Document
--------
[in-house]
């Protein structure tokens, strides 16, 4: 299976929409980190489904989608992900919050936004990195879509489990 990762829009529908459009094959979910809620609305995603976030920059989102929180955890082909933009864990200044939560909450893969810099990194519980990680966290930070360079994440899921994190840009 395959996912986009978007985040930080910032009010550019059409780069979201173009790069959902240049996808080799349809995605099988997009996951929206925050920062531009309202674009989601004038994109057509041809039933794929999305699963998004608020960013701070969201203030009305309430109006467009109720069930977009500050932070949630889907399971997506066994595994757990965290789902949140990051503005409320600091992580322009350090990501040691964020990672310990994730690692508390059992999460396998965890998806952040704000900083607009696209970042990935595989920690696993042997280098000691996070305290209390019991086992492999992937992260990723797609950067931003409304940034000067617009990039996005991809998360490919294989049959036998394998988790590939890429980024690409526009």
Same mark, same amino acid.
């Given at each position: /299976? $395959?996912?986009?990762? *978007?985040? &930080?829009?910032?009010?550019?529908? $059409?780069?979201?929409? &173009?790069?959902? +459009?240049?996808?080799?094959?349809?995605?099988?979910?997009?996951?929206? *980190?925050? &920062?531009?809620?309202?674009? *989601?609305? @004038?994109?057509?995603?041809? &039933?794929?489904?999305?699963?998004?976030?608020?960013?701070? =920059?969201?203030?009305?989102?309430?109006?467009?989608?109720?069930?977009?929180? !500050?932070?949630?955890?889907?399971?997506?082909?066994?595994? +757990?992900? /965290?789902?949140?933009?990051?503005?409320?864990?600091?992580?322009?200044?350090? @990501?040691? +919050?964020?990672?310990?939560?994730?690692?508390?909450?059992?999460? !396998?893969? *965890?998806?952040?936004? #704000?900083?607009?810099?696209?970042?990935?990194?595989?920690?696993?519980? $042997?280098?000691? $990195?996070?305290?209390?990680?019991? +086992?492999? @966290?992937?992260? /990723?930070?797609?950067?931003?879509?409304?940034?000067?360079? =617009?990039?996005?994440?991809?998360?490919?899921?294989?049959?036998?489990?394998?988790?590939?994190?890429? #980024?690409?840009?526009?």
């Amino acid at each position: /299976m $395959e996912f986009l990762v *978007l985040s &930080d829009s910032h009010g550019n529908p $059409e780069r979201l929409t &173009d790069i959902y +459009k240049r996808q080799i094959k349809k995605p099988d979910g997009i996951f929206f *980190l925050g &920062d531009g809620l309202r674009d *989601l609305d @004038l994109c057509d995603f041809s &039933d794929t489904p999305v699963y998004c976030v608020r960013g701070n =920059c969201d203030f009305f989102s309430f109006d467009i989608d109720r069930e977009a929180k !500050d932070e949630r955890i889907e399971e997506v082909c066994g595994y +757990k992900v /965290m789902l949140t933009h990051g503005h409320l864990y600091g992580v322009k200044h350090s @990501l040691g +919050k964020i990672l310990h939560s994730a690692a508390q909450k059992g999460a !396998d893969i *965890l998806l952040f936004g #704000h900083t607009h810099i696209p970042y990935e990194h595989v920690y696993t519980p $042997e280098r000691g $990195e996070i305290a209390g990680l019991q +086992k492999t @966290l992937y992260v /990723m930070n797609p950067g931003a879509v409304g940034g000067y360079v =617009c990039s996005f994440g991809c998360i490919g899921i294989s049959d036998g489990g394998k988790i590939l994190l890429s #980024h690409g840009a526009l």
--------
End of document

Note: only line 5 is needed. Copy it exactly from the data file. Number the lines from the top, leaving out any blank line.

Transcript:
């Amino acid at each position: /299976m $395959e996912f986009l990762v *978007l985040s &930080d829009s910032h009010g550019n529908p $059409e780069r979201l929409t &173009d790069i959902y +459009k240049r996808q080799i094959k349809k995605p099988d979910g997009i996951f929206f *980190l925050g &920062d531009g809620l309202r674009d *989601l609305d @004038l994109c057509d995603f041809s &039933d794929t489904p999305v699963y998004c976030v608020r960013g701070n =920059c969201d203030f009305f989102s309430f109006d467009i989608d109720r069930e977009a929180k !500050d932070e949630r955890i889907e399971e997506v082909c066994g595994y +757990k992900v /965290m789902l949140t933009h990051g503005h409320l864990y600091g992580v322009k200044h350090s @990501l040691g +919050k964020i990672l310990h939560s994730a690692a508390q909450k059992g999460a !396998d893969i *965890l998806l952040f936004g #704000h900083t607009h810099i696209p970042y990935e990194h595989v920690y696993t519980p $042997e280098r000691g $990195e996070i305290a209390g990680l019991q +086992k492999t @966290l992937y992260v /990723m930070n797609p950067g931003a879509v409304g940034g000067y360079v =617009c990039s996005f994440g991809c998360i490919g899921i294989s049959d036998g489990g394998k988790i590939l994190l890429s #980024h690409g840009a526009l």